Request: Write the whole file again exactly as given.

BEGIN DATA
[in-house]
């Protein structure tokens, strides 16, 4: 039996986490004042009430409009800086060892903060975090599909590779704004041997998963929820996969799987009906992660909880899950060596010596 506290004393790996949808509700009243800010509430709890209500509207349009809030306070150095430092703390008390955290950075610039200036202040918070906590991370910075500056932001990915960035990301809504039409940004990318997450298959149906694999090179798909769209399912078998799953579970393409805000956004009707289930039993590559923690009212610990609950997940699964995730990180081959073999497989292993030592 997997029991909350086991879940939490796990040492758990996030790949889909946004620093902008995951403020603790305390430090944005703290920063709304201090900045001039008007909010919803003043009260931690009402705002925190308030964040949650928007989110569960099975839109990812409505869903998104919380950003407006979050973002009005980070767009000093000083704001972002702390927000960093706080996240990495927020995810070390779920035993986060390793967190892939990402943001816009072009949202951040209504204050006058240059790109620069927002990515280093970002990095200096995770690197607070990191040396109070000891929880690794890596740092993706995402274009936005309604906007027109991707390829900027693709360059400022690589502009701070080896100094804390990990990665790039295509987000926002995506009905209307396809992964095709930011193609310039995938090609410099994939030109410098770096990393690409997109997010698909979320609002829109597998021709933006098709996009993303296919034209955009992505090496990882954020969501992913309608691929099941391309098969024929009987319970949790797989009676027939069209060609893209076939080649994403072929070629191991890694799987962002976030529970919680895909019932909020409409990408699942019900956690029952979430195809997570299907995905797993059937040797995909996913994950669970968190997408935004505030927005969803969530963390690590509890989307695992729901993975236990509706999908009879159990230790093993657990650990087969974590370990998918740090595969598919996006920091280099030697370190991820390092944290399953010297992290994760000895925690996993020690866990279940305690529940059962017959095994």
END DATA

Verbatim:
[in-house]
């Protein structure tokens, strides 16, 4: 039996986490004042009430409009800086060892903060975090599909590779704004041997998963929820996969799987009906992660909880899950060596010596 506290004393790996949808509700009243800010509430709890209500509207349009809030306070150095430092703390008390955290950075610039200036202040918070906590991370910075500056932001990915960035990301809504039409940004990318997450298959149906694999090179798909769209399912078998799953579970393409805000956004009707289930039993590559923690009212610990609950997940699964995730990180081959073999497989292993030592 997997029991909350086991879940939490796990040492758990996030790949889909946004620093902008995951403020603790305390430090944005703290920063709304201090900045001039008007909010919803003043009260931690009402705002925190308030964040949650928007989110569960099975839109990812409505869903998104919380950003407006979050973002009005980070767009000093000083704001972002702390927000960093706080996240990495927020995810070390779920035993986060390793967190892939990402943001816009072009949202951040209504204050006058240059790109620069927002990515280093970002990095200096995770690197607070990191040396109070000891929880690794890596740092993706995402274009936005309604906007027109991707390829900027693709360059400022690589502009701070080896100094804390990990990665790039295509987000926002995506009905209307396809992964095709930011193609310039995938090609410099994939030109410098770096990393690409997109997010698909979320609002829109597998021709933006098709996009993303296919034209955009992505090496990882954020969501992913309608691929099941391309098969024929009987319970949790797989009676027939069209060609893209076939080649994403072929070629191991890694799987962002976030529970919680895909019932909020409409990408699942019900956690029952979430195809997570299907995905797993059937040797995909996913994950669970968190997408935004505030927005969803969530963390690590509890989307695992729901993975236990509706999908009879159990230790093993657990650990087969974590370990998918740090595969598919996006920091280099030697370190991820390092944290399953010297992290994760000895925690996993020690866990279940305690529940059962017959095994």